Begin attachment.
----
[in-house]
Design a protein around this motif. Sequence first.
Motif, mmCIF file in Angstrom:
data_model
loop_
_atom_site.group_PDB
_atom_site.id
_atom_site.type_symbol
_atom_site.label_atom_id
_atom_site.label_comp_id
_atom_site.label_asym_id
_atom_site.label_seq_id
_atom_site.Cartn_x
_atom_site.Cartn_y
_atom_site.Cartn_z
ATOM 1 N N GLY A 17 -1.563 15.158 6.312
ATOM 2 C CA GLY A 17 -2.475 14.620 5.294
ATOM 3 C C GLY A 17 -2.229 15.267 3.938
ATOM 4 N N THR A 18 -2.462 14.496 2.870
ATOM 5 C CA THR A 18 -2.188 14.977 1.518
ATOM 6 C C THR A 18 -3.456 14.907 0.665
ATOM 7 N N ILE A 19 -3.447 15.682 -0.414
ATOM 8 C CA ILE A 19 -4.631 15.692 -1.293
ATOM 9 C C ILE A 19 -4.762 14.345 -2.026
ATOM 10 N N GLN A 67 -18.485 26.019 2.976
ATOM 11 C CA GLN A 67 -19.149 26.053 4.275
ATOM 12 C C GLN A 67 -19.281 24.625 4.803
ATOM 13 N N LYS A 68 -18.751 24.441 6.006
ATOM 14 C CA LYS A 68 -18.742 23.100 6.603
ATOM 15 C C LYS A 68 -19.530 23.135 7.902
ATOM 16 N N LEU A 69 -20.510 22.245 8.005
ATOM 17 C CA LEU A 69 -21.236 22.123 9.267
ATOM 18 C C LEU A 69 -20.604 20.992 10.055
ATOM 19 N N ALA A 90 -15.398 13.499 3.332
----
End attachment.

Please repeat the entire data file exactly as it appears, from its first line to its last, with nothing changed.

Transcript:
[in-house]
Design a protein around this motif. Sequence first.
Motif, mmCIF file in Angstrom:
data_model
loop_
_atom_site.group_PDB
_atom_site.id
_atom_site.type_symbol
_atom_site.label_atom_id
_atom_site.label_comp_id
_atom_site.label_asym_id
_atom_site.label_seq_id
_atom_site.Cartn_x
_atom_site.Cartn_y
_atom_site.Cartn_z
ATOM 1 N N GLY A 17 -1.563 15.158 6.312
ATOM 2 C CA GLY A 17 -2.475 14.620 5.294
ATOM 3 C C GLY A 17 -2.229 15.267 3.938
ATOM 4 N N THR A 18 -2.462 14.496 2.870
ATOM 5 C CA THR A 18 -2.188 14.977 1.518
ATOM 6 C C THR A 18 -3.456 14.907 0.665
ATOM 7 N N ILE A 19 -3.447 15.682 -0.414
ATOM 8 C CA ILE A 19 -4.631 15.692 -1.293
ATOM 9 C C ILE A 19 -4.762 14.345 -2.026
ATOM 10 N N GLN A 67 -18.485 26.019 2.976
ATOM 11 C CA GLN A 67 -19.149 26.053 4.275
ATOM 12 C C GLN A 67 -19.281 24.625 4.803
ATOM 13 N N LYS A 68 -18.751 24.441 6.006
ATOM 14 C CA LYS A 68 -18.742 23.100 6.603
ATOM 15 C C LYS A 68 -19.530 23.135 7.902
ATOM 16 N N LEU A 69 -20.510 22.245 8.005
ATOM 17 C CA LEU A 69 -21.236 22.123 9.267
ATOM 18 C C LEU A 69 -20.604 20.992 10.055
ATOM 19 N N ALA A 90 -15.398 13.499 3.332